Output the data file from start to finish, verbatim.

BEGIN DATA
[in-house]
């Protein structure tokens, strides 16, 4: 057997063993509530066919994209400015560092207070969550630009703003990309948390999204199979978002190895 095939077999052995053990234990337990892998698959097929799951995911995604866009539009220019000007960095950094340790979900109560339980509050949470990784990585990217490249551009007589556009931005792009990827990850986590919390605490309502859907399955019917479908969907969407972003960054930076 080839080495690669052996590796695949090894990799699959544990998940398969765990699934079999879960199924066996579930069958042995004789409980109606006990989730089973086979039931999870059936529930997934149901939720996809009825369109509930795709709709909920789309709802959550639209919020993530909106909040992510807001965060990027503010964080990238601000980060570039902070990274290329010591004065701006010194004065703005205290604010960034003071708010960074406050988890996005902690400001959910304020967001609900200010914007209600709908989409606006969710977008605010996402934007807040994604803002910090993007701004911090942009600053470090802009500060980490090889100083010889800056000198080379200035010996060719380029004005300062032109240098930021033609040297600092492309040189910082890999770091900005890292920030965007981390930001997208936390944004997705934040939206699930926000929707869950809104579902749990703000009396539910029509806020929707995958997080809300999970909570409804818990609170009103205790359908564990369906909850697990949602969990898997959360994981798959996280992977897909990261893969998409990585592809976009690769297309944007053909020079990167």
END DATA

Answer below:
[in-house]
């Protein structure tokens, strides 16, 4: 057997063993509530066919994209400015560092207070969550630009703003990309948390999204199979978002190895 095939077999052995053990234990337990892998698959097929799951995911995604866009539009220019000007960095950094340790979900109560339980509050949470990784990585990217490249551009007589556009931005792009990827990850986590919390605490309502859907399955019917479908969907969407972003960054930076 080839080495690669052996590796695949090894990799699959544990998940398969765990699934079999879960199924066996579930069958042995004789409980109606006990989730089973086979039931999870059936529930997934149901939720996809009825369109509930795709709709909920789309709802959550639209919020993530909106909040992510807001965060990027503010964080990238601000980060570039902070990274290329010591004065701006010194004065703005205290604010960034003071708010960074406050988890996005902690400001959910304020967001609900200010914007209600709908989409606006969710977008605010996402934007807040994604803002910090993007701004911090942009600053470090802009500060980490090889100083010889800056000198080379200035010996060719380029004005300062032109240098930021033609040297600092492309040189910082890999770091900005890292920030965007981390930001997208936390944004997705934040939206699930926000929707869950809104579902749990703000009396539910029509806020929707995958997080809300999970909570409804818990609170009103205790359908564990369906909850697990949602969990898997959360994981798959996280992977897909990261893969998409990585592809976009690769297309944007053909020079990167």